April 3, 2017

Brand bidding and Australian Affiliate Programmes

Addressing a weakness in Australian Affiliate Marketing

The Affiliate Marketing industry in Australia is seeing a period of high growth. We’ve released the Affiliate Marketing Handbook and industry events are becoming the norm, mirroring the UK and the US. All progress toward this industry gaining the traction it deserves.However, like the other markets had, we have a problem with brand bidding and it's time that Advertisers, Agencies and Networks worked to create a cohesive approach: Bidding on the search terms of advertisers (Brand Bidding) without their explicit permission will lead to removal from affiliate programmes and Affiliate Networks.There are plenty of well policed programmes out there, but a huge number that that aren’t. In the last week I’ve removed more than 3 affiliates who commenced paid search activity without permission on the programmes of Navigate clients and noticed this activity on several non-clients.Below is an example of a brand + discount query for an Australian retailer I found yesterday (brand and publisher names have been redacted). I found 4, yes 4 affiliates bidding on the discount terms of this retailer.

Brand bidding on Google

Figure 1 Brand bidding in action

The effects:

  • The accidental authorisation of affiliate ‘brand + discount’ activity damages our industry’s reputation with advertisers at a time when where transparency has never been more important.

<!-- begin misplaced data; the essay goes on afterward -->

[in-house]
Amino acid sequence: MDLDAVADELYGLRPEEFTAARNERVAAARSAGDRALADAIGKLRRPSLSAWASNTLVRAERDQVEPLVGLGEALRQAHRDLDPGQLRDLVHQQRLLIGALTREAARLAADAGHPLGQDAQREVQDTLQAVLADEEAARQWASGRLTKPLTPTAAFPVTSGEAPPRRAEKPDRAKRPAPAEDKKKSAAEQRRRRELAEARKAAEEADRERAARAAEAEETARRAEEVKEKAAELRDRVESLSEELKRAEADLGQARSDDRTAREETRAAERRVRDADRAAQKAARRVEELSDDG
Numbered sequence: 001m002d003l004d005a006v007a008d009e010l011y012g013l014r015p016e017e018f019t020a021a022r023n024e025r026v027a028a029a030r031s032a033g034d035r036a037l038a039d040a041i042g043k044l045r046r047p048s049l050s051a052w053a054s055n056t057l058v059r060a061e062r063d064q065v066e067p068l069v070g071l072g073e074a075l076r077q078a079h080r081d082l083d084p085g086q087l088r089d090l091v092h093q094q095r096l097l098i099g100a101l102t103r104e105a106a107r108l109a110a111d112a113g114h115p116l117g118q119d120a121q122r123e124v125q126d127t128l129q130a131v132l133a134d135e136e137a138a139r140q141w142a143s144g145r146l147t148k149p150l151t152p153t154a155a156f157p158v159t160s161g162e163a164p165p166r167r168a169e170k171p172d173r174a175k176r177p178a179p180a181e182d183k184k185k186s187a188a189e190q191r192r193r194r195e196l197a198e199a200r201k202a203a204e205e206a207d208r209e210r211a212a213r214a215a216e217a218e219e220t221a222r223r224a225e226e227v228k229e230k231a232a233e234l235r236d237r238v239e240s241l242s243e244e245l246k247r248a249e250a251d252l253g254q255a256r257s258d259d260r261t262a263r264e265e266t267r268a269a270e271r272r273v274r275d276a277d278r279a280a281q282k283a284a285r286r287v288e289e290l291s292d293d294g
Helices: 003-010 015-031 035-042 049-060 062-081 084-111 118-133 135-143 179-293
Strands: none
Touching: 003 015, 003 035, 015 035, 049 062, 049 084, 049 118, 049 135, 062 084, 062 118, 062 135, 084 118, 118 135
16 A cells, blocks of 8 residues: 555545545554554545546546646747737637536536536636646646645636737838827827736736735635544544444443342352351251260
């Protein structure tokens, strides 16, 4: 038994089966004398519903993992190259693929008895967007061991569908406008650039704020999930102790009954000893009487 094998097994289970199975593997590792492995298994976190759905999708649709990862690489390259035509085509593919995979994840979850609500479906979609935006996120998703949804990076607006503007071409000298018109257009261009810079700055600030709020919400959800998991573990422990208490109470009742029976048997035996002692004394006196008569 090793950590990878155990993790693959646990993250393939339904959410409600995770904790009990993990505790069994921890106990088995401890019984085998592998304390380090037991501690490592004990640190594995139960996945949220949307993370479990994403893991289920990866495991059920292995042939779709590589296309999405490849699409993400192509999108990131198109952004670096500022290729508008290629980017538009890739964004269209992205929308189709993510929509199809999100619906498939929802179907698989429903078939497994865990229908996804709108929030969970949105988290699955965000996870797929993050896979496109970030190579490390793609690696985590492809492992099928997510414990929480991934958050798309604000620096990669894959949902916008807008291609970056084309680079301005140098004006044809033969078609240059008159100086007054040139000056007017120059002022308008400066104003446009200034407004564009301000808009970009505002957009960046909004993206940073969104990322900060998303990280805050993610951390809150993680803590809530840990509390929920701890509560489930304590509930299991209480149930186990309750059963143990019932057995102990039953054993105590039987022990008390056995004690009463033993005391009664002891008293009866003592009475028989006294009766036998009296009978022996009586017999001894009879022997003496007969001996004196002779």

• It reduces the efficacy of the ads we (digital marketers) serve.
  • It inflates our impact in a digital world.
  • The retailer pays out a healthy commission on sale with little or no incremental benefit.
  • In some cases, the retailer sees revenue driven by the programme and doesn’t question its source. They don't become more pro-active on the programme as a result.
  • The consumer sees discount ad after discount ad, each with poor copy. This affects the integrity of the brand.
  • The affiliate believes this behaviour is reasonable and replicates the campaign on other retailers, worsening the problem.
  • The coupon site scoops up the last click cookie, preventing any content site from earning a commission, harming their ability to monetise and removes the incentives for these content creators to do more.
  • It diminishes the value of the Affiliate Marketing in Australia to Advertisers and our colleagues in other channels.

A positive example of Brand + Discount bidding:

Please don’t get me wrong, I absolutely see the benefit in passing on Brand + Discount search terms to affiliates, when used tactically. A good example of this is Lenovo and Cuponation’s campaign which drives discount hungry consumers to a co-branded landing page if they don’t engage with Lenovo’s ad, which sits in the first position. The effect: The user doesn’t leak away as often and Lenovo, rather than their competitors gets the sale.

Figure 2 Lenovo winning the auction and working with Cuponation

Figure 2 Lenovo winning the auction and working with Cuponation

Cuponation's co-branded landing page

Figure 3 Cuponation's co-branded landing page

The solution:

  • Advertisers should consider bidding on brand + discount search terms. Removing the Affiliate PPC ads alone would push up the organic results and the affiliates with the best Search Engine Optimisation would get the sales, which doesn’t really solve the problem.
  • Programme managers should be checking the source of transactions from unknown sites as a matter of course to root out brand bidding.
  • Technology platforms should use tools like Brand Verity (if they don’t already) to identify brand bidding activity.
  • Share the URLs of repeat offenders between the publisher management teams of each network and take action taken against repeat offenders.

Matt Sheppard, International Account Manager

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